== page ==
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With the evolution of wireless technologies such as 5G, cloud technologies, and the Internet of Things (IoT), the opportunity to better the quality of life of citizens is greater than ever before. Major cities across the world are already innovating on smart city technologies for urbanization, government operations, energy efficiency, citizen security, and more.

Building a smart city could be a mammoth project given that the project intersects complex bodies including the government, technology, processes, private citizens, policy advocates, publicly available data, network, and the city’s nature-imposed limitations such as its geographical location, population, and climate. Cities that have successfully implemented smart city technologies have shared their experience and methodologies for use by others. However, there is no silver bullet for the successful planning and implementation of smart city projects. Nevertheless, certain protocols aid in planning and building smart cities. This article will focus on such an approach through a six-step strategy to building smart cities.

Build A Strong Business Case And Identify Use Cases For Smart City Implementation

Any digital initiative without a strong quantifiable business case has the weakness of being abandoned at some point. This is true for Smart City projects too. As there can be complex steps involved in implementing a highly connected city and challenges posed by local laws, security requirements, government workforce, and civilian response to disrupting changes, a smart city project always poses threats of abandonment if the project was not laid on top of a strong business case.

Hence the first step toward building the smart city should be to build a strong and quantifiable business case. The business case should address the resource limitations, or the challenges faced by the administration of the city – for example, a city that is short on water resources might want to manage the resources effectively, a city that is highly urbanized with a significant population density might want to effectively manage the parking facilities, a city that hosts events frequently might want to address the security of the event places and the civilians.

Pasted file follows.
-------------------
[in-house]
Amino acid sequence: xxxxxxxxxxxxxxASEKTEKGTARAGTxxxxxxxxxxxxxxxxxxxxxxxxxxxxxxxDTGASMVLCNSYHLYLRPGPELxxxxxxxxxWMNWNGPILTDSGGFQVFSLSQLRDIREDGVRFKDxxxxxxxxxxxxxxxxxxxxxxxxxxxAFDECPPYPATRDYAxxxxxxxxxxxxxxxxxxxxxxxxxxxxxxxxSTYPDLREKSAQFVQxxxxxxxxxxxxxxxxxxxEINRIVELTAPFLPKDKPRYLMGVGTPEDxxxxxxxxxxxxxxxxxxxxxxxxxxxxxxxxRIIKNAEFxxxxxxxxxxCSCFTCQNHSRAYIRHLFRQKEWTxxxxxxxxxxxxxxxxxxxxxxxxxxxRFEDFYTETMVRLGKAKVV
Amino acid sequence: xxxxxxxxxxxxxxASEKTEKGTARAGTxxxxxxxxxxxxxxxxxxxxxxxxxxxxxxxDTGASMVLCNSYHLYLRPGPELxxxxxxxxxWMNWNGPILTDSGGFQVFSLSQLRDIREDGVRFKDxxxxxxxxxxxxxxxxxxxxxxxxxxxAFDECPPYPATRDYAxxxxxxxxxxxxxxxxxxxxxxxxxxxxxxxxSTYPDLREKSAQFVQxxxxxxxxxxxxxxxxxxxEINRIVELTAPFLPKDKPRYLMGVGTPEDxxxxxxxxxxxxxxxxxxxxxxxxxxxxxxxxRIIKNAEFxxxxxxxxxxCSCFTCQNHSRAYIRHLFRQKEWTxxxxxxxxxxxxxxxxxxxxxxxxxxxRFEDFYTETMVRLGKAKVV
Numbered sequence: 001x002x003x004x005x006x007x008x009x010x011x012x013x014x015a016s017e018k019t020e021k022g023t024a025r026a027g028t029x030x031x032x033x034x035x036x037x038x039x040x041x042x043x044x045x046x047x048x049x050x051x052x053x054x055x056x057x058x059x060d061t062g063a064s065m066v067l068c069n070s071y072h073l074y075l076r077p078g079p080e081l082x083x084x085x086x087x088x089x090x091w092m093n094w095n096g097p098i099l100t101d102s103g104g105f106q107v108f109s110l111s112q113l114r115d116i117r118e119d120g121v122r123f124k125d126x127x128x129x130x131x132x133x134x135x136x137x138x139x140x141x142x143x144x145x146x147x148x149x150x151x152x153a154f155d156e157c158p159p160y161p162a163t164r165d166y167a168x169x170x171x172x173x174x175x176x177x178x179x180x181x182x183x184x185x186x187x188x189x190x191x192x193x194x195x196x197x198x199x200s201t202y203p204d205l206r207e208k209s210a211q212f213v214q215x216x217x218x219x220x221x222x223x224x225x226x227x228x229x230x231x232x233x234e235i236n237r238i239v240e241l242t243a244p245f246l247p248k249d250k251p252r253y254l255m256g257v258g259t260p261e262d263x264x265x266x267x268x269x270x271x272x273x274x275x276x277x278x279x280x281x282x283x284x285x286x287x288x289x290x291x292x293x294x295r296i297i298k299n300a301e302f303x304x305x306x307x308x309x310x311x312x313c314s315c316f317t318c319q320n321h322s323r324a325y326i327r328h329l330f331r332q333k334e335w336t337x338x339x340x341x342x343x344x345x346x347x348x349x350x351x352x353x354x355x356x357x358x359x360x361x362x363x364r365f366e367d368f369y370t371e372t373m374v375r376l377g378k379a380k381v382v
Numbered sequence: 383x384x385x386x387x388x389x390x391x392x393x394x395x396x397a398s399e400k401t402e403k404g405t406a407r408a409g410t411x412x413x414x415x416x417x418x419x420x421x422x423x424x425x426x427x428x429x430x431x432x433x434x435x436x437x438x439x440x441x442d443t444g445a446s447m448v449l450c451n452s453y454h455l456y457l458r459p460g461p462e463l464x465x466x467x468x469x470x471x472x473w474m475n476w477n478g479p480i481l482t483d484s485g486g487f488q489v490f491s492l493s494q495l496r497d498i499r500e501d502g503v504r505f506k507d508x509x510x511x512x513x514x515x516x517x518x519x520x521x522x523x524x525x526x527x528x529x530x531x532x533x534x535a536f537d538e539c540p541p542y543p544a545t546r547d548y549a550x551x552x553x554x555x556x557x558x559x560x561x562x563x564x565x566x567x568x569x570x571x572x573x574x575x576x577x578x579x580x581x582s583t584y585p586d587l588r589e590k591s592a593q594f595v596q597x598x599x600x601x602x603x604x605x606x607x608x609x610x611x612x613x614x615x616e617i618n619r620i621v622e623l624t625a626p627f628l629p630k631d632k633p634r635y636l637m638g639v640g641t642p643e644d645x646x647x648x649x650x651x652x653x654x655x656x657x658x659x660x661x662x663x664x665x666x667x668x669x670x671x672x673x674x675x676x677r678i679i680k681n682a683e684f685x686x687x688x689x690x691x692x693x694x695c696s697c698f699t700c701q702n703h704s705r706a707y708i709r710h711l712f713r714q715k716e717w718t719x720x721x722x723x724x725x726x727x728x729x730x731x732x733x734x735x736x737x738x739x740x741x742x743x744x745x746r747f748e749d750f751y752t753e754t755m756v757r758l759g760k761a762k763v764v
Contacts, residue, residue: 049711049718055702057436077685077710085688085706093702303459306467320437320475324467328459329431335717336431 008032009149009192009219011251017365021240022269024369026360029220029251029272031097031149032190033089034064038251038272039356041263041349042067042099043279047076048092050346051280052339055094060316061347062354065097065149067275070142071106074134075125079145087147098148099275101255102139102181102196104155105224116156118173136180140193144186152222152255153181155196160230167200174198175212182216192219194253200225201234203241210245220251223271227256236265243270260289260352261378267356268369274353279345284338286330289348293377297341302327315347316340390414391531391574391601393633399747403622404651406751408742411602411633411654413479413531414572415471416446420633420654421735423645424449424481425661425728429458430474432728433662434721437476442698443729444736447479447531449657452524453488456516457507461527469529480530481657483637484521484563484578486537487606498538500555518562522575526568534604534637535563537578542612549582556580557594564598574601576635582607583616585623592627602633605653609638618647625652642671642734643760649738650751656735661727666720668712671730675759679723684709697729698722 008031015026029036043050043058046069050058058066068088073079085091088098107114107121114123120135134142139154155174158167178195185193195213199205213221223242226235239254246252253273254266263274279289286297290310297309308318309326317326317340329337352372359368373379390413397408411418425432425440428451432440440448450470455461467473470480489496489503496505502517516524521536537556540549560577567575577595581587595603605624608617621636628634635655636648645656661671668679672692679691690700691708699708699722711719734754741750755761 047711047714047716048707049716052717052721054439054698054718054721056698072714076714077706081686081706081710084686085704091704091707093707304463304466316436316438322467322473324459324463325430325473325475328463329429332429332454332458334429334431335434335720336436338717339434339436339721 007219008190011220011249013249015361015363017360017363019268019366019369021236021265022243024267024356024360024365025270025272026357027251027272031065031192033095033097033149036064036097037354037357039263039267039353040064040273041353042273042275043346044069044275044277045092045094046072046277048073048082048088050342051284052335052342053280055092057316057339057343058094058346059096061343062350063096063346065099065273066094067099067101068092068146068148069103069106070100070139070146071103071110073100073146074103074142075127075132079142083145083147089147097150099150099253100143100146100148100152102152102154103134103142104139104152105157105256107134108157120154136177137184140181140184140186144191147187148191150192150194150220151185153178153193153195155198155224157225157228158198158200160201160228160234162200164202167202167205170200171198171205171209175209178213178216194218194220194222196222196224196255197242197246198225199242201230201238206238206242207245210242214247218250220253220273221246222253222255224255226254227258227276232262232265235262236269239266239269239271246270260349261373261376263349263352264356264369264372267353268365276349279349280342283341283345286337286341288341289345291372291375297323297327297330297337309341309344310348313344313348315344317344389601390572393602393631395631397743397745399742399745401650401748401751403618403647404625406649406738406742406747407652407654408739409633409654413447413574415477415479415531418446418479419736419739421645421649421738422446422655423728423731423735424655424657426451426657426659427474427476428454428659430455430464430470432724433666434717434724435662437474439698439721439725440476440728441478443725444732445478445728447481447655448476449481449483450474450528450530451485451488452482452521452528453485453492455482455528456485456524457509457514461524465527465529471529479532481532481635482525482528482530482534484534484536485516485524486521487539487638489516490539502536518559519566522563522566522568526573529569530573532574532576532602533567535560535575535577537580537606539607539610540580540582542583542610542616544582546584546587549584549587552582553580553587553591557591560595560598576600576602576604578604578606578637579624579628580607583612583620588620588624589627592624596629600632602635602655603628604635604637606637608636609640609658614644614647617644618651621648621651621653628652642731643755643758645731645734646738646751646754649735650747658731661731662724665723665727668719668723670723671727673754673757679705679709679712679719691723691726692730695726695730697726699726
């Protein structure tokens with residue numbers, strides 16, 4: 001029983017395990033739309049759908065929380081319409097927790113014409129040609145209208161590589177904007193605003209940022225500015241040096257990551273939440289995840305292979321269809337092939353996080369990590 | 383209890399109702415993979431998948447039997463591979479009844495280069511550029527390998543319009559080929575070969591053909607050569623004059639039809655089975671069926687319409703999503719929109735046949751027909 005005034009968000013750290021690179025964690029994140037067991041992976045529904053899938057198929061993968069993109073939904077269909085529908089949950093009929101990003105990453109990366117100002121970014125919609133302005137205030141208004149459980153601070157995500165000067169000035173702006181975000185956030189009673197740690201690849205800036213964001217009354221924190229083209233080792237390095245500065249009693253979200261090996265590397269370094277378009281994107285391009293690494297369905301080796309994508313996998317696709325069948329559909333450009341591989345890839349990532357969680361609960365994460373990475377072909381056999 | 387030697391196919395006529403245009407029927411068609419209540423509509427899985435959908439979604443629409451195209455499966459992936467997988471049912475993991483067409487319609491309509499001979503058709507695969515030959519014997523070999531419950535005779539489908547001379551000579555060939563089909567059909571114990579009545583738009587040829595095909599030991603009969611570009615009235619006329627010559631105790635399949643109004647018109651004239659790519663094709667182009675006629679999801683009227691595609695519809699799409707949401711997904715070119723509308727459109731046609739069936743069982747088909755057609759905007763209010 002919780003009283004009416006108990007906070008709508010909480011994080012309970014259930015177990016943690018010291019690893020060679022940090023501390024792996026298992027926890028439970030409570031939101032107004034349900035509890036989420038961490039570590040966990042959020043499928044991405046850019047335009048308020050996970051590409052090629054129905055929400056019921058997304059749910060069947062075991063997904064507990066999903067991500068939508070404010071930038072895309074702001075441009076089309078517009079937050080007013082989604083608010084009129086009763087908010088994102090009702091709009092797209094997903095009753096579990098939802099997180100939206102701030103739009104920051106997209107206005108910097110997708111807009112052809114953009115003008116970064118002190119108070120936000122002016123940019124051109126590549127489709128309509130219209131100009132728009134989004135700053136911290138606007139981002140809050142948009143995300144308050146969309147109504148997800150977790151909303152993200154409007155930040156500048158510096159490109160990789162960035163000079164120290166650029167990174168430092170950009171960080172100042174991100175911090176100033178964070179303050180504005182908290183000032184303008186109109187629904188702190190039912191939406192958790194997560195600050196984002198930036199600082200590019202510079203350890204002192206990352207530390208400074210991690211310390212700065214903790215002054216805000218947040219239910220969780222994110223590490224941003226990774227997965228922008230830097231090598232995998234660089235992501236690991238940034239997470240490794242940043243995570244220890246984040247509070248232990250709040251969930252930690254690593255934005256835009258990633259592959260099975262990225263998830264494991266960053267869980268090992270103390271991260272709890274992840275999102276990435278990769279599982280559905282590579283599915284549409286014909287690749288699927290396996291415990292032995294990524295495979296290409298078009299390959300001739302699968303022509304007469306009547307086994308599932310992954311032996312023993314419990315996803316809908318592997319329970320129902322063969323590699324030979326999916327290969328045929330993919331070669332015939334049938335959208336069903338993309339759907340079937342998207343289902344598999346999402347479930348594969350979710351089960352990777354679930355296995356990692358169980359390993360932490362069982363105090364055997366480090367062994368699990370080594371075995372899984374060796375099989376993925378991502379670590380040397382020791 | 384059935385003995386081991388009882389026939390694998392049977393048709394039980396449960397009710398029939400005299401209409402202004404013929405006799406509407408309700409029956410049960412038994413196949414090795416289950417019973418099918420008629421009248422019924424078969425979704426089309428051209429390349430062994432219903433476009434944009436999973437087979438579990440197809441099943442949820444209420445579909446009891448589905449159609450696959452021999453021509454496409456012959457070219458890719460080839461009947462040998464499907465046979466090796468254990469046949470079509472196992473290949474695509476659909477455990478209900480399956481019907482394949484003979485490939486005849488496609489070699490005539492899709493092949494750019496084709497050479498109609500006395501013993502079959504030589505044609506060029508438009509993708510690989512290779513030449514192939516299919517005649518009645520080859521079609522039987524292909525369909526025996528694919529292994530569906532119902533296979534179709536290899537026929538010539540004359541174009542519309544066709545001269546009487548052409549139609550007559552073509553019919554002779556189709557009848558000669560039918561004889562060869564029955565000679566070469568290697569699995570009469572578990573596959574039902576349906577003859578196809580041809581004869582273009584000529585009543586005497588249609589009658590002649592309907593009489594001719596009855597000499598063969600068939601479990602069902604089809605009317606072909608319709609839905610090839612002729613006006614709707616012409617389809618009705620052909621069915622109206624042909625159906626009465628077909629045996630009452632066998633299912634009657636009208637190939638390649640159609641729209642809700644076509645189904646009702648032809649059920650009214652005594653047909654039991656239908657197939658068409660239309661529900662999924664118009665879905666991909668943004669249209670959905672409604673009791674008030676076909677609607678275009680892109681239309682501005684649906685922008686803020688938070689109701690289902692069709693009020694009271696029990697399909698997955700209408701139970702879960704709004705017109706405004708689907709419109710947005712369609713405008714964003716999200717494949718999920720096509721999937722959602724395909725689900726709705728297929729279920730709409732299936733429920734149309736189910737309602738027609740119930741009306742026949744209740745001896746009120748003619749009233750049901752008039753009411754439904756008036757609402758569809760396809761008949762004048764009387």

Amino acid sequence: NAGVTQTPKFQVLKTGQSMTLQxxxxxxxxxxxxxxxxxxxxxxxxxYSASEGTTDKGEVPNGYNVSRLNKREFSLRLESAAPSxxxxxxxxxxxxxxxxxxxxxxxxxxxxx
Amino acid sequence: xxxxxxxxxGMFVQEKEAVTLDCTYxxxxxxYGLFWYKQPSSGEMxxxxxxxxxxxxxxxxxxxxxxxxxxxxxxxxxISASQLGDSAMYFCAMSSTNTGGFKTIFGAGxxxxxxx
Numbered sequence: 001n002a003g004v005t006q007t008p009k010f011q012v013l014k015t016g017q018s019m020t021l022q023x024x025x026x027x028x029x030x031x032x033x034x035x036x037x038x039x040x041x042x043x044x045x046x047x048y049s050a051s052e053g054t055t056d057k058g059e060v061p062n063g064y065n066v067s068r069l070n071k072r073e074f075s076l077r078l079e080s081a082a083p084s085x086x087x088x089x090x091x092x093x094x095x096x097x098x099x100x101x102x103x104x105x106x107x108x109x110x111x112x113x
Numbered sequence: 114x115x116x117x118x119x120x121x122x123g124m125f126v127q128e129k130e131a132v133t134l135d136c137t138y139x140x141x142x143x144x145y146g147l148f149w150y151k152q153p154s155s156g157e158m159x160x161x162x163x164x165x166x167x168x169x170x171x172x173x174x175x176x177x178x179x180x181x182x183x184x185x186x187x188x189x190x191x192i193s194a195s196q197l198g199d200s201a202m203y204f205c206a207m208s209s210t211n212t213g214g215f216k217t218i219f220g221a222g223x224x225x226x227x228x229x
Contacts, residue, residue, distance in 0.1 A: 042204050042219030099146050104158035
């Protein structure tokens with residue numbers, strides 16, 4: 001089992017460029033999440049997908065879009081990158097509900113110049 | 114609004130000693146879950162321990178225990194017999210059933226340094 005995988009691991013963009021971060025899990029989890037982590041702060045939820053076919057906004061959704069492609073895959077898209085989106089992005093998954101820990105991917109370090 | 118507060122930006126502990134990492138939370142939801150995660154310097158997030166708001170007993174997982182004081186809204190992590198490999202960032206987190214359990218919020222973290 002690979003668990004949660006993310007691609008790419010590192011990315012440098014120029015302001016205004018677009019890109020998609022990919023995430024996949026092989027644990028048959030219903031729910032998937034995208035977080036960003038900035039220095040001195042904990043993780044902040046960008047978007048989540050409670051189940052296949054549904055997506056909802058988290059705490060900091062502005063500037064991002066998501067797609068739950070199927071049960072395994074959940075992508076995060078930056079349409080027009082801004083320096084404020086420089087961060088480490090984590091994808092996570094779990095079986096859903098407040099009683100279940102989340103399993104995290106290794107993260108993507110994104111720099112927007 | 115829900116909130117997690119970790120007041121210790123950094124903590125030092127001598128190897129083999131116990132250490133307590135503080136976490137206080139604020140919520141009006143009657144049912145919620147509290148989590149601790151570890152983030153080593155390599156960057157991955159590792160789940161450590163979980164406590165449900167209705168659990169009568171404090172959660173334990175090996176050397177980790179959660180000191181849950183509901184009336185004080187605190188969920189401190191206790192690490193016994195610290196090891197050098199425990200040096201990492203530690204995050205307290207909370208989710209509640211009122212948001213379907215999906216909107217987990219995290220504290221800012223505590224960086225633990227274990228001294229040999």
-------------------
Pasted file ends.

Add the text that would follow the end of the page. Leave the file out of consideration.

Review And Create Policies Towards Data Sharing

The next step toward building a smart city should be to review the data-sharing policies that correspond to the geographical location of the city. This step involves legal activities toward creating and reviewing policies around data sharing by different entities in the city. Data is at the front and center of any digitalization service including building smart cities. Several entities in a city generate sufficient data that critically informs the planning and implementation of smart cities. Entities such as energy services providers, commutation service providers, security service providers can share non-PII data with government bodies. However, such data sharing should be legally approved and directed in the policies. Without the data sharing policies in place, it can lead to confusion when the city plans to implement smart city projects. The policies should clearly define the roles of entities such as data creator, data provider, data processor, data consumer, and more as applicable. The policies should also define the purpose of each entity in the data-sharing network.